In this work, we propose an innovative adaptive recommendation mechanism for smart parking. The cognitive RF module will transmit the vehicle location information and the parking space requirements to the parking congestion computing center (PCCC) when the driver must find a parking space. Moreover, for the parking spaces, we use a cellular automata (CA) model mechanism that can adjust to full and not full parking lot situations. Here, the PCCC can compute the nearest parking lot, the parking lot status and the current or opposite driving direction with the vehicle location information. By considering the driving direction, we can determine when the vehicles must turn around and thus reduce road congestion and speed up finding a parking space. The recommendation will be sent to the drivers through a wireless communication cognitive radio (CR) model after the computation and analysis by the PCCC. The current study evaluates the performance of this approach by conducting computer simulations. The simulation results show the strengths of the proposed smart parking mechanism in terms of avoiding increased congestion and decreasing the time to find a parking space. PMID:25153671

  13. Using cellular automata for parking recommendations in smart environments.

    PubMed

    Horng, Gwo-Jiun

    2014-01-01

    In this work, we propose an innovative adaptive recommendation mechanism for smart parking. The cognitive RF module will transmit the vehicle location information and the parking space requirements to the parking congestion computing center (PCCC) when the driver must find a parking space. Moreover, for the parking spaces, we use a cellular automata (CA) model mechanism that can adjust to full and not full parking lot situations. Here, the PCCC can compute the nearest parking lot, the parking lot status and the current or opposite driving direction with the vehicle location information. By considering the driving direction, we can determine when the vehicles must turn around and thus reduce road congestion and speed up finding a parking space. The recommendation will be sent to the drivers through a wireless communication cognitive radio (CR) model after the computation and analysis by the PCCC. The current study evaluates the performance of this approach by conducting computer simulations. The simulation results show the strengths of the proposed smart parking mechanism in terms of avoiding increased congestion and decreasing the time to find a parking space.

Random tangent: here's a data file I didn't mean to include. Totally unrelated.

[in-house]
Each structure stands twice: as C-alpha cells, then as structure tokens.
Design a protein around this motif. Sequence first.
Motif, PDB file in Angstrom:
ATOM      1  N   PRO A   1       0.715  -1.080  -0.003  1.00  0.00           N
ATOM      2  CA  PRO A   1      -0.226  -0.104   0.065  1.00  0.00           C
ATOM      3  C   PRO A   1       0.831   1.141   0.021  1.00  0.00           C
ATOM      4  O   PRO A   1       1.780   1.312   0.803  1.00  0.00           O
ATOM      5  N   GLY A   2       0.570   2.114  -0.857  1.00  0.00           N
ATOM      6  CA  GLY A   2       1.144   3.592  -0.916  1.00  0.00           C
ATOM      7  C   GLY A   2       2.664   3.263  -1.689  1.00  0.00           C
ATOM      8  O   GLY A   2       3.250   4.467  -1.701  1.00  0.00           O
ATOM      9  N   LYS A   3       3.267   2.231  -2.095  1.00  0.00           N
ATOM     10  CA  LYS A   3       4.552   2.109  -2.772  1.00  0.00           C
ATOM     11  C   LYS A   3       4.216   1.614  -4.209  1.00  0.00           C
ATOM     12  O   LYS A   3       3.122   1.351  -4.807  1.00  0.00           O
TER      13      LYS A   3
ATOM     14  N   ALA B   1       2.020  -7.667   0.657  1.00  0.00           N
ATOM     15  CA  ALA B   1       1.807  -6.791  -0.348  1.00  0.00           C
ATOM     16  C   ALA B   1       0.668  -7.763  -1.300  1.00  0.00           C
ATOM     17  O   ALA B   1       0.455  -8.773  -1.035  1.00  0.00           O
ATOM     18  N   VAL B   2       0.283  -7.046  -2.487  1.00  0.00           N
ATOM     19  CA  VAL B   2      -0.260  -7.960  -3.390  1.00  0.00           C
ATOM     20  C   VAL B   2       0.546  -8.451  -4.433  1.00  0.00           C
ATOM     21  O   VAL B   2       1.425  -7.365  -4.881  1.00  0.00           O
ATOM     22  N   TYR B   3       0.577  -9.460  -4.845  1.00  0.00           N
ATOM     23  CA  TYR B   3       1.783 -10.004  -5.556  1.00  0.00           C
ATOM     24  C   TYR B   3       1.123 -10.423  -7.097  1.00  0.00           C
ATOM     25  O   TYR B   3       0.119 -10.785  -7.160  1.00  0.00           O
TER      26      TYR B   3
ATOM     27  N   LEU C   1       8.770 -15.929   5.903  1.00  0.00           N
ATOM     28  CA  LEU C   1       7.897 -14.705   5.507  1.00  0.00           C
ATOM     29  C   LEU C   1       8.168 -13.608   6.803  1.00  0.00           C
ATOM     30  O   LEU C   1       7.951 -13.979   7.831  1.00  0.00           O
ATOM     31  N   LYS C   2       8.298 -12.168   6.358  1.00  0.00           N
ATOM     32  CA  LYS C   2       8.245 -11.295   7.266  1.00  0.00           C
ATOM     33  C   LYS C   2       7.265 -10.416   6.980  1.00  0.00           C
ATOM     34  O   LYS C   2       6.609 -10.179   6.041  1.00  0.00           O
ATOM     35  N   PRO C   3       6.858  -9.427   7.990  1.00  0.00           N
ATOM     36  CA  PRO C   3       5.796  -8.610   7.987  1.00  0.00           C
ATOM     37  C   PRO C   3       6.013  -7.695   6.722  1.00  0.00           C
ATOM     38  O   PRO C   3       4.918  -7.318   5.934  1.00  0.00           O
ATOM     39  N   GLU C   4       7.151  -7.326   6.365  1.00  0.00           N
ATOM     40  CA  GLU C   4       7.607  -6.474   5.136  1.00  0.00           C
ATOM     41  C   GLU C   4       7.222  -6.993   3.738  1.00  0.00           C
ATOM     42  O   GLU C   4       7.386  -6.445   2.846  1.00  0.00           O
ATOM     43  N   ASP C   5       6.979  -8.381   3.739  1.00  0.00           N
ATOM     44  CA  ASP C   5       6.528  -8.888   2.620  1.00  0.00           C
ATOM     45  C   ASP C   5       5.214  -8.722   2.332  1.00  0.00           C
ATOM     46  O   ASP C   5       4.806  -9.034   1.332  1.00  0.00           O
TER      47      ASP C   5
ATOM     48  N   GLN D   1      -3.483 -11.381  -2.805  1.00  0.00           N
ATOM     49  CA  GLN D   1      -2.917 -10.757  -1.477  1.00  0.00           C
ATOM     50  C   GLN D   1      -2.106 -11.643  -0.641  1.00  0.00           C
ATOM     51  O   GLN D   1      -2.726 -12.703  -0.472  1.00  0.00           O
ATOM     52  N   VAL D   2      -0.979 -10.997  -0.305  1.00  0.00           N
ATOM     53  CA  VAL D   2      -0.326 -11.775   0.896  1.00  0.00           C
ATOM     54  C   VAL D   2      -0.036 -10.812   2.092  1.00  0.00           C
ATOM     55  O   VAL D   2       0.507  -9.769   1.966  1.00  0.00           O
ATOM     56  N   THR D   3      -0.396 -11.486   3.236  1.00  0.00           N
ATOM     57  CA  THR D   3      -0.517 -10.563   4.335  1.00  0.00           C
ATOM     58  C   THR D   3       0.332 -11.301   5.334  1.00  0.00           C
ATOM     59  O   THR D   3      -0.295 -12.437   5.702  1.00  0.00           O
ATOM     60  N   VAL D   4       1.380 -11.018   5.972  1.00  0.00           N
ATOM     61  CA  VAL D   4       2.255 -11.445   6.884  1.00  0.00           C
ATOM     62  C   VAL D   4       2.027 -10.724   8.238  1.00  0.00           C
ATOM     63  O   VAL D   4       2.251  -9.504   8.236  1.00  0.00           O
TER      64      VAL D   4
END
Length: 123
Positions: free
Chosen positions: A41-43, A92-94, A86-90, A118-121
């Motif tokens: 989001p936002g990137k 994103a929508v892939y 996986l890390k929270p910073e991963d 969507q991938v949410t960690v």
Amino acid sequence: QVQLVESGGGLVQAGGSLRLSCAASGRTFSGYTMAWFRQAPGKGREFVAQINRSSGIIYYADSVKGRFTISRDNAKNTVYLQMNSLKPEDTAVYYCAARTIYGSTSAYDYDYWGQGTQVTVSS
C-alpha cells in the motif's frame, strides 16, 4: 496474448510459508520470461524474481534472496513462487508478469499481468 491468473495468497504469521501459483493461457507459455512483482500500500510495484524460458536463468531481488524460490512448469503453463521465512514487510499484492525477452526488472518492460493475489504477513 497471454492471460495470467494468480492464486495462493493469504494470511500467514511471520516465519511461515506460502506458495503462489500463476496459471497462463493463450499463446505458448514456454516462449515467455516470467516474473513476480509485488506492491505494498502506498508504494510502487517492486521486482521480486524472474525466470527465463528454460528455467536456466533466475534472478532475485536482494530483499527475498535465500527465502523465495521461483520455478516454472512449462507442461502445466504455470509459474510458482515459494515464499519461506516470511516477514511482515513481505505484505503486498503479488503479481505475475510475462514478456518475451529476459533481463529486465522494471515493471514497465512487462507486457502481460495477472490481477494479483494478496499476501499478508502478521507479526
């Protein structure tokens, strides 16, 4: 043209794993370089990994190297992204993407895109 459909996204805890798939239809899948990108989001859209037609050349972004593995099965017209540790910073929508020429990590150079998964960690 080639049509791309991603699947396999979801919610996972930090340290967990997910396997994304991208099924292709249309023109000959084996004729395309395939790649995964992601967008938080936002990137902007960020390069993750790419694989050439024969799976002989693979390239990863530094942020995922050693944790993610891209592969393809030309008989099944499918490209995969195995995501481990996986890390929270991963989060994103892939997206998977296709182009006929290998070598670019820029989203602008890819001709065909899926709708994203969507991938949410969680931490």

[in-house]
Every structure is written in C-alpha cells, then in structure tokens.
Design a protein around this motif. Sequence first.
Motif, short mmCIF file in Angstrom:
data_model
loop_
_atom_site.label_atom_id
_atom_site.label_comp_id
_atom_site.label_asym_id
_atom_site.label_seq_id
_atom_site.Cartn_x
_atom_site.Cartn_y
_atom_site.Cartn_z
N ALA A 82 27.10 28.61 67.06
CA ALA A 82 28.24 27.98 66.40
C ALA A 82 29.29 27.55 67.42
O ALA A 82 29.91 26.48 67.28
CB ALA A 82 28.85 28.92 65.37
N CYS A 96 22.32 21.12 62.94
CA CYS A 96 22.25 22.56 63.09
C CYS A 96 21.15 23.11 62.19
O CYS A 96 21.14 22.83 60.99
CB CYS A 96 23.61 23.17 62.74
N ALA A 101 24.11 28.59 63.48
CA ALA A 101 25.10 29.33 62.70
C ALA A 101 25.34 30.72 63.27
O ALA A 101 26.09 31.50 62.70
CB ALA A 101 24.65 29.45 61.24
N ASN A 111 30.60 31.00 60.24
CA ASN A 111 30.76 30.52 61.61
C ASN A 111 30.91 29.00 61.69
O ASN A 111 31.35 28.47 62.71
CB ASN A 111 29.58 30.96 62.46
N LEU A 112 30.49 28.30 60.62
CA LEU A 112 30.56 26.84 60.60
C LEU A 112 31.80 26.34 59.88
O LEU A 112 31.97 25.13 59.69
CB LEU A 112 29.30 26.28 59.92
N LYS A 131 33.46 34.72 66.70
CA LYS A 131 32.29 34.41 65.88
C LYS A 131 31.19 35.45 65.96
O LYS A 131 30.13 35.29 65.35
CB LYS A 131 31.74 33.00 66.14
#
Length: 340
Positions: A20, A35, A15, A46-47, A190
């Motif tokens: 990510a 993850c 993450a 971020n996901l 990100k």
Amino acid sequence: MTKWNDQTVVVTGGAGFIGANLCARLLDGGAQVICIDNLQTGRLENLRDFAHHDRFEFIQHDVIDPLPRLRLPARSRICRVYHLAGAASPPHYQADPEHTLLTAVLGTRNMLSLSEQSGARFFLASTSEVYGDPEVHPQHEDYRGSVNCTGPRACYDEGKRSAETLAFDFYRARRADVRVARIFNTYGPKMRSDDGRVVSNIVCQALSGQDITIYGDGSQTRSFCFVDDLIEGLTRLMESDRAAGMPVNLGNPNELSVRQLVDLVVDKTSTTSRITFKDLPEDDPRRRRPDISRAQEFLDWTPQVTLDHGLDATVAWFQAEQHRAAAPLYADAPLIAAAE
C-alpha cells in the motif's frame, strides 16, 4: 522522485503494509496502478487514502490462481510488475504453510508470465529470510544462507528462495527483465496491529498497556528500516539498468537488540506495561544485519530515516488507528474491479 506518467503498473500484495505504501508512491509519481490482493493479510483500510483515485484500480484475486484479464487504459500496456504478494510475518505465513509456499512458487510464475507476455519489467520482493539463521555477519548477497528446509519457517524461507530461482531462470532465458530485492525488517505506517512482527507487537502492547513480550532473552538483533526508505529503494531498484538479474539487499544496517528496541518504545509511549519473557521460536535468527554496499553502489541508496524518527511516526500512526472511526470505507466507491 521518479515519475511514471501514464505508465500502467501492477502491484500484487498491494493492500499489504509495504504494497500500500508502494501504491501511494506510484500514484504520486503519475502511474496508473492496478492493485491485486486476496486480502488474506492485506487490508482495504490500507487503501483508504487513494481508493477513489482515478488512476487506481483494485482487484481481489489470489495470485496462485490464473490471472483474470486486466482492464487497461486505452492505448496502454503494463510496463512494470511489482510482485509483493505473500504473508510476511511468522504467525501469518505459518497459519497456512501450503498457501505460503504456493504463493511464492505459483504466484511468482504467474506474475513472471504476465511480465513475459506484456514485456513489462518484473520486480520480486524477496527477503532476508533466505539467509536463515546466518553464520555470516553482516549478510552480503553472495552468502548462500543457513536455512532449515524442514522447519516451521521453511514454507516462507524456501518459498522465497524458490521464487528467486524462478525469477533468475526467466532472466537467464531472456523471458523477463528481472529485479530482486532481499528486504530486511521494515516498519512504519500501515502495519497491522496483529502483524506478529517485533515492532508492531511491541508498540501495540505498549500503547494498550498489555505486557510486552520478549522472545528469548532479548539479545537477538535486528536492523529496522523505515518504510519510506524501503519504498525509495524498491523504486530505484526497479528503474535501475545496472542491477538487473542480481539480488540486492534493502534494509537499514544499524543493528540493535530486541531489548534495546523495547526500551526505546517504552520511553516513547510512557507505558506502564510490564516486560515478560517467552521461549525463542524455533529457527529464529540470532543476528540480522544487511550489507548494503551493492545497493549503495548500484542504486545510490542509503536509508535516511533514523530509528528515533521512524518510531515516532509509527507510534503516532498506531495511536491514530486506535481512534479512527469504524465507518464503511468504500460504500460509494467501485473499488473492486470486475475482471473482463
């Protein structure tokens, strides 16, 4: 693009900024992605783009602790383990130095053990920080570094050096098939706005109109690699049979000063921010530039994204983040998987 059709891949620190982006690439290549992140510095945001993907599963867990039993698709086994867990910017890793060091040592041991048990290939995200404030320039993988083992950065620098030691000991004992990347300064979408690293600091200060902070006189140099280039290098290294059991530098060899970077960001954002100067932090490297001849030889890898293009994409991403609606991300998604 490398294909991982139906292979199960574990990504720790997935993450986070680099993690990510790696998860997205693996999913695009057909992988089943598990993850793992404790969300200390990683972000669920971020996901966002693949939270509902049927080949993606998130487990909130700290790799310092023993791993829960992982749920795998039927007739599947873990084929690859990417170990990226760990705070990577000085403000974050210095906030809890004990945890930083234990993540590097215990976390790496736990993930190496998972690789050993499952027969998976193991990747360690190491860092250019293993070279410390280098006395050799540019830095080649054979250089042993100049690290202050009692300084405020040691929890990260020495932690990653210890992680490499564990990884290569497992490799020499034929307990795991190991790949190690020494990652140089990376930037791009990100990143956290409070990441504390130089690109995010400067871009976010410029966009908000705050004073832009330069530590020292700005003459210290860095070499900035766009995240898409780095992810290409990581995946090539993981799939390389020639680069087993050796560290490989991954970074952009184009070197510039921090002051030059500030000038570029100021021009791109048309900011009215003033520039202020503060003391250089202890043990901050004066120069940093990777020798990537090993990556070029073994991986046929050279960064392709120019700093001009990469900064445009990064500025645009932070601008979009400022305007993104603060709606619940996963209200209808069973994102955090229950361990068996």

14. Benefiting from Customer and Competitor Knowledge: A Market-Based Approach to Organizational Learning

    ERIC Educational Resources Information Center

    Hoe, Siu Loon

    2008-01-01

    Purpose: The purpose of this paper is to review the organizational learning, market orientation and learning orientation concepts, highlight the importance of market knowledge to organizational learning and recommend ways in adopting a market-based approach to organizational learning. Design/methodology/approach: The extant organizational learning…

  15. Variability in University Students' Use of Technology: An "Approaches to Learning" Perspective

    ERIC Educational Resources Information Center

    Mimirinis, Mike

    2016-01-01

    This study reports the results of a cross-case study analysis of how students' approaches to learning are demonstrated in blended learning environments. It was initially propositioned that approaches to learning as key determinants of the quality of student learning outcomes are demonstrated specifically in how students utilise technology in…

  16. Synthesizing Technology Adoption and Learners' Approaches towards Active Learning in Higher Education

    ERIC Educational Resources Information Center

    Chan, Kevin; Cheung, George; Wan, Kelvin; Brown, Ian; Luk, Green

    2015-01-01

    In understanding how active and blended learning approaches with learning technologies engagement in undergraduate education, current research models tend to undermine the effect of learners' variations, particularly regarding their styles and approaches to learning, on intention and use of learning technologies. This study contributes to further…

  17. A reinforcement learning approach to gait training improves retention

    PubMed Central

    Hasson, Christopher J.; Manczurowsky, Julia; Yen, Sheng-Che

    2015-01-01

    Many gait training programs are based on supervised learning principles: an individual is guided towards a desired gait pattern with directional error feedback. While this results in rapid adaptation, improvements quickly disappear. This study tested the hypothesis that a reinforcement learning approach improves retention and transfer of a new gait pattern. The results of a pilot study and larger experiment are presented. Healthy subjects were randomly assigned to either a supervised group, who received explicit instructions and directional error feedback while they learned a new gait pattern on a treadmill, or a reinforcement group, who was only shown whether they were close to or far from the desired gait. Subjects practiced for 10 min, followed by immediate and overnight retention and over-ground transfer tests. The pilot study showed that subjects could learn a new gait pattern under a reinforcement learning paradigm. The larger experiment, which had twice as many subjects (16 in each group) showed that the reinforcement group had better overnight retention than the supervised group (a 32% vs. 120% error increase, respectively), but there were no differences for over-ground transfer. These results suggest that encouraging participants to find rewarding actions through self-guided exploration is beneficial for retention. PMID:26379524